There are a lot of bands who merge punk rock and metal with campy horror imagery and pitch black humour. Some bands do it well, others not so much. One such artist that seems to rise from the pile of putrid corpses to consistently entertain in the most ghoulish way possible is Wednesday 13.
Most folks would associate the dashing cadaver as frontman of the now defunct Murderdolls, but Wednesday 13 has carved out a set of impressive solo albums since splitting with them in 2011, and his latest blood-soaked abomination, “Condolences”, continues this tradition.
Imagine if Alice Cooper and Billy Idol decided to go on a rampaging murder spree and write a record about their deeds, then you might have an idea of what’s in store aurally on the 13 track disc that covers family-friendly topics such as serial killings, necrophilia, and worshipping the devil.
One major, noticeable aspect when jumping into this album is that the more tongue-in-cheek aspects of Wednesday 13’s previous works have been toned down in favour of a more heavier, straight up metal sound. While this might seem to be a bit of a warning bell, fans should not be afraid as the songs contained within are of absolute quality, and the trademark black humour hasn’t completely left the building yet.
Beginning with the intro track, Last Rites, which sets the tone with spooky synths and disembodied voices, we are launched head first into the single, What The Night Brings. With its crushing guitars, grisly lyrics, and dark waltzing rhythms, it’s evident these maniacs are out for blood.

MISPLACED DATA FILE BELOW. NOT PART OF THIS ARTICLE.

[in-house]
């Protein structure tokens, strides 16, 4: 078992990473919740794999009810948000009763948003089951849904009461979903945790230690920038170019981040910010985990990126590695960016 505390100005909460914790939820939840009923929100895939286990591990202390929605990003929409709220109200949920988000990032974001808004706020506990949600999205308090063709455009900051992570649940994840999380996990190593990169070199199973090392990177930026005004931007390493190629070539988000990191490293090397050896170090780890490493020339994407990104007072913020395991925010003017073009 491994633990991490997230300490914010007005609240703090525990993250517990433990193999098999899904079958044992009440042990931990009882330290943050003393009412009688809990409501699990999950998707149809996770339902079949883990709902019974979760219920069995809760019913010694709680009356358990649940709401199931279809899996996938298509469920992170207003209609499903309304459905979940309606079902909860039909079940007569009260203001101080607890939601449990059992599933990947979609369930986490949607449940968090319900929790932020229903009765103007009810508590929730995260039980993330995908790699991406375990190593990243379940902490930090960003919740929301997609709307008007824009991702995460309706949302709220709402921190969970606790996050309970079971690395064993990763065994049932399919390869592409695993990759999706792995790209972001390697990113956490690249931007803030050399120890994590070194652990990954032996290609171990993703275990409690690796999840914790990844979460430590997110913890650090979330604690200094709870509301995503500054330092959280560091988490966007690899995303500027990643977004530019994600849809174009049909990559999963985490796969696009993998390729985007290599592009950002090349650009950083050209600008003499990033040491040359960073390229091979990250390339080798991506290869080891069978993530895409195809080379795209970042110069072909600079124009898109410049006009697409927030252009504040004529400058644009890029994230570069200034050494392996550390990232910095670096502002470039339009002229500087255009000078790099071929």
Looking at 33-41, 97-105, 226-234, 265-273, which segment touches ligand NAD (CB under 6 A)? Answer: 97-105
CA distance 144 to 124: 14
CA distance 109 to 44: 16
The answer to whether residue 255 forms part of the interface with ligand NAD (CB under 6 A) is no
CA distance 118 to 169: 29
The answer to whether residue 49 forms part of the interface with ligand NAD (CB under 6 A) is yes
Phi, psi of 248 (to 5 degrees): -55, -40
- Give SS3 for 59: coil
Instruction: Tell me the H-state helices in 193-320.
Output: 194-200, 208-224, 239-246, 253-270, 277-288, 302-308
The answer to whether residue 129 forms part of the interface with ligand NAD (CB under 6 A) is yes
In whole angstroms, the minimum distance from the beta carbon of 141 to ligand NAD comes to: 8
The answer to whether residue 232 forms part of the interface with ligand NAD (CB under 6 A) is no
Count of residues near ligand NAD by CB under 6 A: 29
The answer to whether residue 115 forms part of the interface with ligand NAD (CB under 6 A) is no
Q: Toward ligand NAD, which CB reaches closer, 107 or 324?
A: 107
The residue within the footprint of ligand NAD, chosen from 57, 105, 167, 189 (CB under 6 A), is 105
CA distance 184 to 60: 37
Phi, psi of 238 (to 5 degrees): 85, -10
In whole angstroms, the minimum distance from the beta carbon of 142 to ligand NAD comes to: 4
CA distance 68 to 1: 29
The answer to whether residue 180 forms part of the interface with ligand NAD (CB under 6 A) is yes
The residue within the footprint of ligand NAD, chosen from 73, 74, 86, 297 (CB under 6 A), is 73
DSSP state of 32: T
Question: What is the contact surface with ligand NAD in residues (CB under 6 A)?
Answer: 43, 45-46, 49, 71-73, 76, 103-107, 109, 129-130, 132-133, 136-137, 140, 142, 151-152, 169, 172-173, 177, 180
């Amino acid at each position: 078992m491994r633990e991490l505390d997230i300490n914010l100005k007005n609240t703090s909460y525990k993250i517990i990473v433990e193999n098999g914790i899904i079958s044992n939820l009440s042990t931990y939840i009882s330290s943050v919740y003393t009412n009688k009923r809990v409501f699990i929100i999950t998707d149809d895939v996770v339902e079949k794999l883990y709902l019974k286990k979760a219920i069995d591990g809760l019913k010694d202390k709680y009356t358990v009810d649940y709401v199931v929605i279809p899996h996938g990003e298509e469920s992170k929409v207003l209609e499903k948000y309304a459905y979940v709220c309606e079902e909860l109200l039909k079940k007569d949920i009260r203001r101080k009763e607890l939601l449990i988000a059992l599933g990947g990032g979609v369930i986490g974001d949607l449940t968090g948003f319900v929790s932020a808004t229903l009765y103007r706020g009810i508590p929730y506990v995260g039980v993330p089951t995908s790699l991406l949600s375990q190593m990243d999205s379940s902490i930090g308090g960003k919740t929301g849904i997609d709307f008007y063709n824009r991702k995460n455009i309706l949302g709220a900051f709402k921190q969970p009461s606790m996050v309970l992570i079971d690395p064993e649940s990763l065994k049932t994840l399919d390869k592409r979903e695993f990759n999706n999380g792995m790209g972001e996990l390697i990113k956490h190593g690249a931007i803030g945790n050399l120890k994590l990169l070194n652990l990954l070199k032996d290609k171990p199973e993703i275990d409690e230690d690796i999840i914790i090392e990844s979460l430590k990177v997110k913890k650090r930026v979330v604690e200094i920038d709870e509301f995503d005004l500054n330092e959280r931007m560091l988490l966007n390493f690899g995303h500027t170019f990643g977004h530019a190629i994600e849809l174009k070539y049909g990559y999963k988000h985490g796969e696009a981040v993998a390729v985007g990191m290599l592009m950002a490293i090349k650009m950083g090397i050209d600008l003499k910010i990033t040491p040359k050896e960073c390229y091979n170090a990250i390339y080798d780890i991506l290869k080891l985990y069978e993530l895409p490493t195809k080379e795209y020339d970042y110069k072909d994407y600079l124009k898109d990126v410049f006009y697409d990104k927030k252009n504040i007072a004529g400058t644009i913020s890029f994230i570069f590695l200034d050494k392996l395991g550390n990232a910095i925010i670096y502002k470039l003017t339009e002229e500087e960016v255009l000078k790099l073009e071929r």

From there on out, Wednesday 13 guides us through the horror show personally. There are quite a few standout tracks such as the pulsating Cadaverous, which recalls the best songs of White Zombie. Featuring a crushing four-to-the-floor drum beat, chugging guitars, and a catchy-as-all-hell chorus, this will surely be a live staple from now on. Another great track is the punk-infused, Lonesome Road To Hell. With its simple chord structure and no-nonsense drumming, it sticks in your head and simply refuses to leave.
For an album that rockets along at a breakneck pace, the final two cuts are a welcome left turn. Condolences and Death Infinity can be really seen as one massive 11-minute song, encompassing moments of slow, almost dirge-like rock and metal; to sections of quiet tranquillity layered with a general sense of spooky melancholy. It might possibly the most epic piece of music Wednesday 13 has put out thus far.
By the time you come to the end of the 46-minute album, your neck muscles will have most likely been left quivering from the intense headbanging and your room suitably trashed from all of your thrashing about. Somehow, I believe this is the exact reaction Wednesday 13 would want from his legion of fans. Listen loud, listen proud, and listen with those devil horns raised up high.